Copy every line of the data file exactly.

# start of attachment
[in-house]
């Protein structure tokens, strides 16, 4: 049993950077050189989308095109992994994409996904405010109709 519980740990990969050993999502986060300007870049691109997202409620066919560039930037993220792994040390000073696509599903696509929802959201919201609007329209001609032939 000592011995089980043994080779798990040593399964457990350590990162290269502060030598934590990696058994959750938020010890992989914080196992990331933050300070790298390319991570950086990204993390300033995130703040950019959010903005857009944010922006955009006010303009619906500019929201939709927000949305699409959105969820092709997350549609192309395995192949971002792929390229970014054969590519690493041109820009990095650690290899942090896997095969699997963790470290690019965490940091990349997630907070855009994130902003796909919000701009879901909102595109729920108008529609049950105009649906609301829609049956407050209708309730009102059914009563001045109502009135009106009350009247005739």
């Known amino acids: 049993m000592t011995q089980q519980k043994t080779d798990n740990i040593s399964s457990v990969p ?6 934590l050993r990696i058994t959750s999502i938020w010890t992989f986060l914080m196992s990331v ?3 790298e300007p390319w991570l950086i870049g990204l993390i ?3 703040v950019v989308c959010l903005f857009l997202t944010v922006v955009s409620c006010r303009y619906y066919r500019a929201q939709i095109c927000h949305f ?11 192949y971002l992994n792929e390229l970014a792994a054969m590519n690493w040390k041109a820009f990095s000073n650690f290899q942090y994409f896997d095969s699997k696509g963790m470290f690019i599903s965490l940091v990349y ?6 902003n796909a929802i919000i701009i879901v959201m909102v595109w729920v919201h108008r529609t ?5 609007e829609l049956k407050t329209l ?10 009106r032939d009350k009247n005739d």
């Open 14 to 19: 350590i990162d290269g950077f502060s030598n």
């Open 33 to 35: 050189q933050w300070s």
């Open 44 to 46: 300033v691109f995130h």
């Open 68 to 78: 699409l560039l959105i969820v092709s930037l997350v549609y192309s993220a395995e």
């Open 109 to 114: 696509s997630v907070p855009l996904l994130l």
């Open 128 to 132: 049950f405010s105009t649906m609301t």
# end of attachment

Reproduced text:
[in-house]
């Protein structure tokens, strides 16, 4: 049993950077050189989308095109992994994409996904405010109709 519980740990990969050993999502986060300007870049691109997202409620066919560039930037993220792994040390000073696509599903696509929802959201919201609007329209001609032939 000592011995089980043994080779798990040593399964457990350590990162290269502060030598934590990696058994959750938020010890992989914080196992990331933050300070790298390319991570950086990204993390300033995130703040950019959010903005857009944010922006955009006010303009619906500019929201939709927000949305699409959105969820092709997350549609192309395995192949971002792929390229970014054969590519690493041109820009990095650690290899942090896997095969699997963790470290690019965490940091990349997630907070855009994130902003796909919000701009879901909102595109729920108008529609049950105009649906609301829609049956407050209708309730009102059914009563001045109502009135009106009350009247005739």
């Known amino acids: 049993m000592t011995q089980q519980k043994t080779d798990n740990i040593s399964s457990v990969p ?6 934590l050993r990696i058994t959750s999502i938020w010890t992989f986060l914080m196992s990331v ?3 790298e300007p390319w991570l950086i870049g990204l993390i ?3 703040v950019v989308c959010l903005f857009l997202t944010v922006v955009s409620c006010r303009y619906y066919r500019a929201q939709i095109c927000h949305f ?11 192949y971002l992994n792929e390229l970014a792994a054969m590519n690493w040390k041109a820009f990095s000073n650690f290899q942090y994409f896997d095969s699997k696509g963790m470290f690019i599903s965490l940091v990349y ?6 902003n796909a929802i919000i701009i879901v959201m909102v595109w729920v919201h108008r529609t ?5 609007e829609l049956k407050t329209l ?10 009106r032939d009350k009247n005739d």
């Open 14 to 19: 350590i990162d290269g950077f502060s030598n």
């Open 33 to 35: 050189q933050w300070s």
């Open 44 to 46: 300033v691109f995130h």
């Open 68 to 78: 699409l560039l959105i969820v092709s930037l997350v549609y192309s993220a395995e």
């Open 109 to 114: 696509s997630v907070p855009l996904l994130l």
């Open 128 to 132: 049950f405010s105009t649906m609301t």